Ringtones of Misery | The Daily Star
12:00 AM, February 09, 2019 / LAST MODIFIED: 03:45 PM, February 09, 2019

Ringtones of Misery

It's three in the afternoon. I have just retired from my routine lunch. As I settle down to relax with the day's newspaper and a bit of a shuteye, my mobile gives me a rude startle. Being someone whose occupation demands connectivity, I need to receive every call, and so I do.

Voice from the other end: “Hello Sir, I am Simi. Are you Mr Dr …?”

Further to my puzzled affirmation, she then gets more cordial. “Sir, how are you? Hope you are doing well.”

While I am running my fingers over my receding hairline trying to figure out where I may have met this lady, she pops up the purpose of her intrusive call, “Sir, I am from Bongka-Bangla Real Estate, we have a property at tinsho feet, three katha, five, ten...”

I tell the lady I am not interested and press red on my cell phone. I think that perhaps the self-imposed anger therapy is working after all.

At a restaurant while mingling with friends over dinner, a call interrupts the punchline of a joke I have rehearsed in private for such gatherings for months. It's not Simi, but one Srabonti. She represents a leading developer company and would like me to purchase a spacious apartment overlooking the “serene” Dhanmandi Lake. The noise of Rabindra Sarobar is now augmenting the hullabaloo of our group's conversation.

I want to tell her: “Dear Srabonti, I already live in that area for several years now, (ahem) in my wife's inherited apartment and that I have no money to purchase even another garage.” But, manage to utter between my soup and butter that I am not really interested. “And please do not call me again,” I say rather sternly before returning to my buddies with a smile. Friends who heard the last line over the clatter of other diners thought it was my missus.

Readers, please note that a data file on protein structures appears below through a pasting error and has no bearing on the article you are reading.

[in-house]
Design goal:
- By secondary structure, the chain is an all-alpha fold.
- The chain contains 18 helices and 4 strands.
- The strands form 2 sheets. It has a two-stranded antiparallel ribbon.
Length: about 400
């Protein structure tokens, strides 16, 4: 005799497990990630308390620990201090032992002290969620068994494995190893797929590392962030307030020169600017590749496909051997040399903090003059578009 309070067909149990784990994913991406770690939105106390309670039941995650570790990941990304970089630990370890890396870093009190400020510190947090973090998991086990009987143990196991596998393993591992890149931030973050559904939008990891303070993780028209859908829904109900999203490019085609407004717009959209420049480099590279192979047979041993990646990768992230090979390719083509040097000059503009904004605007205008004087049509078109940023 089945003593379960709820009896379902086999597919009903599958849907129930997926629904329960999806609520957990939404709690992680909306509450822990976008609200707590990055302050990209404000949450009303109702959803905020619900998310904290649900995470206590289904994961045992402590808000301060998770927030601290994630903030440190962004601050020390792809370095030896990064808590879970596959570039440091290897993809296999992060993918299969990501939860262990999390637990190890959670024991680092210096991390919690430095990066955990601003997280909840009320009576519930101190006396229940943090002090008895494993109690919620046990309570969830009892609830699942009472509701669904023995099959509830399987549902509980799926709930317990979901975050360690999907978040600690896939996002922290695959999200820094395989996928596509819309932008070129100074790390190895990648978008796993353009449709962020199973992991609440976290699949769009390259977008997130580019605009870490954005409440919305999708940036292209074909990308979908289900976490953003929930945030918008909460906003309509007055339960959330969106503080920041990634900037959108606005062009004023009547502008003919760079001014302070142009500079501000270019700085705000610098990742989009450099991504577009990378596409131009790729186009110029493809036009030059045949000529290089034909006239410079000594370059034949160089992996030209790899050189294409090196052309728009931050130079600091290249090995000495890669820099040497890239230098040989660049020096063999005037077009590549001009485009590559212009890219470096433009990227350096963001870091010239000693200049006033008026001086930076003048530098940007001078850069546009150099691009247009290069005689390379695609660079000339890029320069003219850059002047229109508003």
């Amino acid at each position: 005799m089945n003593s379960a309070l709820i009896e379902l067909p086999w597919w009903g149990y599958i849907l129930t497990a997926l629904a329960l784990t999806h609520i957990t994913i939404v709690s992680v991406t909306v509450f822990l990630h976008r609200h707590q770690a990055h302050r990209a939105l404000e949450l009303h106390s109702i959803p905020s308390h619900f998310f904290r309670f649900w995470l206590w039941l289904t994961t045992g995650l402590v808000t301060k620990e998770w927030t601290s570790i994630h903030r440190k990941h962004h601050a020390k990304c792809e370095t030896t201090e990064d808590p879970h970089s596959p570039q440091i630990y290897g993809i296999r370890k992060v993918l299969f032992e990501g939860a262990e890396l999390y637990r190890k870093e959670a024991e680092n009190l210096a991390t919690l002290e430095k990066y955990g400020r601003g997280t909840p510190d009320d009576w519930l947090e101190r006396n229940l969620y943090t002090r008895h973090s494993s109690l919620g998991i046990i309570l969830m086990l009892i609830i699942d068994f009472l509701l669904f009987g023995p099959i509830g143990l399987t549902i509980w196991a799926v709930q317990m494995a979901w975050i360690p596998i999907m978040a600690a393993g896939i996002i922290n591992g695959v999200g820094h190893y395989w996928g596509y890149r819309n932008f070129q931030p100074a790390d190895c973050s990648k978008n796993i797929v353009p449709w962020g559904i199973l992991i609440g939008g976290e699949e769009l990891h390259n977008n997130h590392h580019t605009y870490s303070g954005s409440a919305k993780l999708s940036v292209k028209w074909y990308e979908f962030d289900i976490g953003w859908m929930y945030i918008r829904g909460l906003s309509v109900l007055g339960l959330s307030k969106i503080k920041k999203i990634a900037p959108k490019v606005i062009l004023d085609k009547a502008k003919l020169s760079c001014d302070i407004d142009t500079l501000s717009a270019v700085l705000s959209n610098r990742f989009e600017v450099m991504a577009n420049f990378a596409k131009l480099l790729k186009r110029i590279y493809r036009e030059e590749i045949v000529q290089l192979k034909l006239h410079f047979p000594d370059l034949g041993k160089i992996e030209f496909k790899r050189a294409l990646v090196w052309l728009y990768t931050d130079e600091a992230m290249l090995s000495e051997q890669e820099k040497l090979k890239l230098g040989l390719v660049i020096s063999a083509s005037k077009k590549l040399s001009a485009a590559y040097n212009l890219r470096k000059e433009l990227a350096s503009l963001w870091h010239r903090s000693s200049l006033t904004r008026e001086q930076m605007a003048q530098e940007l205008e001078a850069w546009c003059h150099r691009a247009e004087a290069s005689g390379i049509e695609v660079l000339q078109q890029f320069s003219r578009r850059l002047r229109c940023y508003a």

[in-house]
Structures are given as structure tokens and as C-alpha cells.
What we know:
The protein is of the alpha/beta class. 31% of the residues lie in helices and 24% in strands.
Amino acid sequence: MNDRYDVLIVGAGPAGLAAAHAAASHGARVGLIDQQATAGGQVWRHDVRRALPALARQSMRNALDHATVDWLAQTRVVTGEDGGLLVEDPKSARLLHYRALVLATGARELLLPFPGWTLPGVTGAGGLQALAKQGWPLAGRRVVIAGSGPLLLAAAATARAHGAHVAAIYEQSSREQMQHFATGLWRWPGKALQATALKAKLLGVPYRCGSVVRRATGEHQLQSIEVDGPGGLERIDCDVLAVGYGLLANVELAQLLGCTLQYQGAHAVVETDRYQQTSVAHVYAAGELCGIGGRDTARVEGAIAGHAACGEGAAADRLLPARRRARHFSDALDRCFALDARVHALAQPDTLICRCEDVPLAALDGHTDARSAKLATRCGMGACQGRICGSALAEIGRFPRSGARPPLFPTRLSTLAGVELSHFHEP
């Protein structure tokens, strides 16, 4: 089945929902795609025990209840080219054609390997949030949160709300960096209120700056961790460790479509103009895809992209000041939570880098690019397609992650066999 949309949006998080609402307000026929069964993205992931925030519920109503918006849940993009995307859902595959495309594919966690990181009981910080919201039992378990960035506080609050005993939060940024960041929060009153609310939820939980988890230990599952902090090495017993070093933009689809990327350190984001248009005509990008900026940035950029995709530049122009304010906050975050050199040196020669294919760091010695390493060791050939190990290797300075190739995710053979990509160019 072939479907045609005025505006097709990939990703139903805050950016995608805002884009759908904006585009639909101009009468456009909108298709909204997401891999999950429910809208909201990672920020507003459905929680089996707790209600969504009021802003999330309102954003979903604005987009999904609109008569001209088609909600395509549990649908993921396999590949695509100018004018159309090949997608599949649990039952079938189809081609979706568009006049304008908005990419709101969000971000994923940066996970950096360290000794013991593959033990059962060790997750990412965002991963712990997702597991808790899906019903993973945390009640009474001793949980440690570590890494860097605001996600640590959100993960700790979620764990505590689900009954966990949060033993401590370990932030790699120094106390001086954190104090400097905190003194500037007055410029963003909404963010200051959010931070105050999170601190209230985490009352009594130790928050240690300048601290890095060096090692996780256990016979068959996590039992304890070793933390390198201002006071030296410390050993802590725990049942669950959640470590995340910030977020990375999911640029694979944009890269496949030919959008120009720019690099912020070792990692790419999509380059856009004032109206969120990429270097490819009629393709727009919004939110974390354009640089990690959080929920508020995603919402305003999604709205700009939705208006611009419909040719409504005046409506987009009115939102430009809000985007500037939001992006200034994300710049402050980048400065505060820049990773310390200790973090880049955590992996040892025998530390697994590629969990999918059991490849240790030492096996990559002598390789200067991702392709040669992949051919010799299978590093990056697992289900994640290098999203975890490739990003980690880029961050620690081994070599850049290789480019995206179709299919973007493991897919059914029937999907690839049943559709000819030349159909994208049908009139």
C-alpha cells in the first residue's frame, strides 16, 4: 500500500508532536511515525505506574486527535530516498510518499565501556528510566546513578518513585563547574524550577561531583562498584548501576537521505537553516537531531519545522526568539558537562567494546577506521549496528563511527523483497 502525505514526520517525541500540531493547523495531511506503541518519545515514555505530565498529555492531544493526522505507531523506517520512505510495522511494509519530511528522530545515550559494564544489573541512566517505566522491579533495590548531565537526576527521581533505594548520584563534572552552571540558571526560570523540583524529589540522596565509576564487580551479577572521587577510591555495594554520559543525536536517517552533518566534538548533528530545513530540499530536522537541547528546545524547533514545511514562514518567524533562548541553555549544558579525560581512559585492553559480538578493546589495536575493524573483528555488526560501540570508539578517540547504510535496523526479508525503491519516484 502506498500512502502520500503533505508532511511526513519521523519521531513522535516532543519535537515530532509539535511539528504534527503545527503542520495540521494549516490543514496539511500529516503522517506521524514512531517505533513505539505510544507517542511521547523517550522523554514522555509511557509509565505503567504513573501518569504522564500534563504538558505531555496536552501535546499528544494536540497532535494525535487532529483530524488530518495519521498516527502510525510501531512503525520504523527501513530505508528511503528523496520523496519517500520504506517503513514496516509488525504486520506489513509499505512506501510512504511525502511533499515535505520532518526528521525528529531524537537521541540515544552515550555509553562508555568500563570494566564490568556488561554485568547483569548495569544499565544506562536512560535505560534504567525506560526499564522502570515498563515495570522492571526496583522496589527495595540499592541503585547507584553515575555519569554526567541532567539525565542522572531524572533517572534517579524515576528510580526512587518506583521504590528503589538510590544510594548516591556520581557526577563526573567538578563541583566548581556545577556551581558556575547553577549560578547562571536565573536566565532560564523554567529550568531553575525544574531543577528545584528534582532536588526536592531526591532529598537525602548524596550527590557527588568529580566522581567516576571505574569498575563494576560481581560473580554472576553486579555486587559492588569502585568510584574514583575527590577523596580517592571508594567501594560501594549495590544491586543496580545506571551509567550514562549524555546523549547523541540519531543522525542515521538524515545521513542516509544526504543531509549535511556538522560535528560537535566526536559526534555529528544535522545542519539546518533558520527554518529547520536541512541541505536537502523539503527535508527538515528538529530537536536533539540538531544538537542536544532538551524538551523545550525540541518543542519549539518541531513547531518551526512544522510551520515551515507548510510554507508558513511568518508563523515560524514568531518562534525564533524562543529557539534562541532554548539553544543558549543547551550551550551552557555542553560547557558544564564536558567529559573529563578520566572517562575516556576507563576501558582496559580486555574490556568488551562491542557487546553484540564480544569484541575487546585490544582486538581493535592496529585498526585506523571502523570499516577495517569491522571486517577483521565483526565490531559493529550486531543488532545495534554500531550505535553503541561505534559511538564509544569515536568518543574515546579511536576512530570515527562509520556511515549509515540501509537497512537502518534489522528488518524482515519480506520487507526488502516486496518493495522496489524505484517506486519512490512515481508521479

2 AM. A decade ago, I would be switching on to watch the Real Madrid-Barcelona clash on TV. But, I have sneaked into bed, not trying to disturb the early-to-bed wife. As I tuck in the last bit of the mosquito net, the mobile jumps up. They do sound horrendous at that hour. You guessed right, the mobile was on the night table. I get out. My wife moves. Danger signal number three.

The caller this time is a gentleman or whatever remains of him. Shhh... I hush him. He says a surprised “Huh?” before narrating that he is peddling an insurance plan headquartered in the States. I cannot shout at him, and he knows it. My wife flipped over and was back sleeping. I whisper: “Listen, I don't care whether you are Trump's cousin or Hilary's. Never, ever call me again. My wife will kill you.” She heard the last bit and turned back, suspicious about the caller, obviously. I save my life by pretending I was having a nightmare.

Next morning at late breakfast table, it's Shamsul Alam from a finance company. Oh! I can see him smiling at the other end of the information highway. It seemed he had already had his breakfast. He was so courteous. Do I want to deposit money at their very attractive rate of 12.22 percent? My mind is pendulous between halal, haram and boiled eggs.